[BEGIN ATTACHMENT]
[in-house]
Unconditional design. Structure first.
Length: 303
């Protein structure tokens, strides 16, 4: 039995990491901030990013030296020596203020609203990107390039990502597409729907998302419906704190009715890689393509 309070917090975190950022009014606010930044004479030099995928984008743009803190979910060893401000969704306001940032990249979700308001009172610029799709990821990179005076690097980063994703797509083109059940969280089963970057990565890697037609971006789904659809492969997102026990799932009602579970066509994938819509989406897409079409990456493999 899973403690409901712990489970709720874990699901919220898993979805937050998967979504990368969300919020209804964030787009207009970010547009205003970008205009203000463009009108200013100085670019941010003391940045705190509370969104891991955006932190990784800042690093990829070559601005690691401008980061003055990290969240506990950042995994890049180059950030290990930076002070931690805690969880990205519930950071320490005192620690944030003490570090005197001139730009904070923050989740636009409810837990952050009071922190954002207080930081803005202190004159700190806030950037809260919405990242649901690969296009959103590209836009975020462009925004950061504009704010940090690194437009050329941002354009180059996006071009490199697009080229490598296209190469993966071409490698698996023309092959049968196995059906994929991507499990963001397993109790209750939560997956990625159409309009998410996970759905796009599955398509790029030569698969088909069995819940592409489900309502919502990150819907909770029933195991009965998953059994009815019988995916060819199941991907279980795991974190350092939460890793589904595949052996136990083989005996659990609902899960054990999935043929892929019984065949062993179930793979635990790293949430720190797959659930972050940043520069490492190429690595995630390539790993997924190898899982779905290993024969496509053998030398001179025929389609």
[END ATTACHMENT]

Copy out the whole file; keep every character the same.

[in-house]
Unconditional design. Structure first.
Length: 303
């Protein structure tokens, strides 16, 4: 039995990491901030990013030296020596203020609203990107390039990502597409729907998302419906704190009715890689393509 309070917090975190950022009014606010930044004479030099995928984008743009803190979910060893401000969704306001940032990249979700308001009172610029799709990821990179005076690097980063994703797509083109059940969280089963970057990565890697037609971006789904659809492969997102026990799932009602579970066509994938819509989406897409079409990456493999 899973403690409901712990489970709720874990699901919220898993979805937050998967979504990368969300919020209804964030787009207009970010547009205003970008205009203000463009009108200013100085670019941010003391940045705190509370969104891991955006932190990784800042690093990829070559601005690691401008980061003055990290969240506990950042995994890049180059950030290990930076002070931690805690969880990205519930950071320490005192620690944030003490570090005197001139730009904070923050989740636009409810837990952050009071922190954002207080930081803005202190004159700190806030950037809260919405990242649901690969296009959103590209836009975020462009925004950061504009704010940090690194437009050329941002354009180059996006071009490199697009080229490598296209190469993966071409490698698996023309092959049968196995059906994929991507499990963001397993109790209750939560997956990625159409309009998410996970759905796009599955398509790029030569698969088909069995819940592409489900309502919502990150819907909770029933195991009965998953059994009815019988995916060819199941991907279980795991974190350092939460890793589904595949052996136990083989005996659990609902899960054990999935043929892929019984065949062993179930793979635990790293949430720190797959659930972050940043520069490492190429690595995630390539790993997924190898899982779905290993024969496509053998030398001179025929389609």